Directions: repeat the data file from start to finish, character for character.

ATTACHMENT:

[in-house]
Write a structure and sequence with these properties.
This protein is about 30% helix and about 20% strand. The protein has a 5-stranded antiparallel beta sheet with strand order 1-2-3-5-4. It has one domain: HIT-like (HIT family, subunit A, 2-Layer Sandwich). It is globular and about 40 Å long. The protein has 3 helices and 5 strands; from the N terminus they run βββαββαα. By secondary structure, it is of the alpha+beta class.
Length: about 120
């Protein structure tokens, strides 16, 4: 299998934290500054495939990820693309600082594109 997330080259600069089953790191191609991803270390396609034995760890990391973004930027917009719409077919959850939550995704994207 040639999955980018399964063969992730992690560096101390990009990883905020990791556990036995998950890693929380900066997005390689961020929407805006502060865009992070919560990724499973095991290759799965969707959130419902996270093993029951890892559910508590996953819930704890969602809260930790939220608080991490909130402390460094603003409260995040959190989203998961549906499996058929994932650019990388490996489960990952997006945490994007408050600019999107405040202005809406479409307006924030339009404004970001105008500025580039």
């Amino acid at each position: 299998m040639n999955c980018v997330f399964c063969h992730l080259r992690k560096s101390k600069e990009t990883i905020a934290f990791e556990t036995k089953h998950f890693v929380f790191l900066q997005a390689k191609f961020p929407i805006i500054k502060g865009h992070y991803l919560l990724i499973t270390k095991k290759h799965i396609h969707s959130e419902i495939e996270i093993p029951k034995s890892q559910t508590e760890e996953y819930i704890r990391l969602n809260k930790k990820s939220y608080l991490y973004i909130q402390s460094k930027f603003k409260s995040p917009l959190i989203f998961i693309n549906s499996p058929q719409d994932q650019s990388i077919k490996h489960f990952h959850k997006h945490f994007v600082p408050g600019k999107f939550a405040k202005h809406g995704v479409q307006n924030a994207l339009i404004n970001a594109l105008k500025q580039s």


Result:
[in-house]
Write a structure and sequence with these properties.
This protein is about 30% helix and about 20% strand. The protein has a 5-stranded antiparallel beta sheet with strand order 1-2-3-5-4. It has one domain: HIT-like (HIT family, subunit A, 2-Layer Sandwich). It is globular and about 40 Å long. The protein has 3 helices and 5 strands; from the N terminus they run βββαββαα. By secondary structure, it is of the alpha+beta class.
Length: about 120
């Protein structure tokens, strides 16, 4: 299998934290500054495939990820693309600082594109 997330080259600069089953790191191609991803270390396609034995760890990391973004930027917009719409077919959850939550995704994207 040639999955980018399964063969992730992690560096101390990009990883905020990791556990036995998950890693929380900066997005390689961020929407805006502060865009992070919560990724499973095991290759799965969707959130419902996270093993029951890892559910508590996953819930704890969602809260930790939220608080991490909130402390460094603003409260995040959190989203998961549906499996058929994932650019990388490996489960990952997006945490994007408050600019999107405040202005809406479409307006924030339009404004970001105008500025580039």
């Amino acid at each position: 299998m040639n999955c980018v997330f399964c063969h992730l080259r992690k560096s101390k600069e990009t990883i905020a934290f990791e556990t036995k089953h998950f890693v929380f790191l900066q997005a390689k191609f961020p929407i805006i500054k502060g865009h992070y991803l919560l990724i499973t270390k095991k290759h799965i396609h969707s959130e419902i495939e996270i093993p029951k034995s890892q559910t508590e760890e996953y819930i704890r990391l969602n809260k930790k990820s939220y608080l991490y973004i909130q402390s460094k930027f603003k409260s995040p917009l959190i989203f998961i693309n549906s499996p058929q719409d994932q650019s990388i077919k490996h489960f990952h959850k997006h945490f994007v600082p408050g600019k999107f939550a405040k202005h809406g995704v479409q307006n924030a994207l339009i404004n970001a594109l105008k500025q580039s």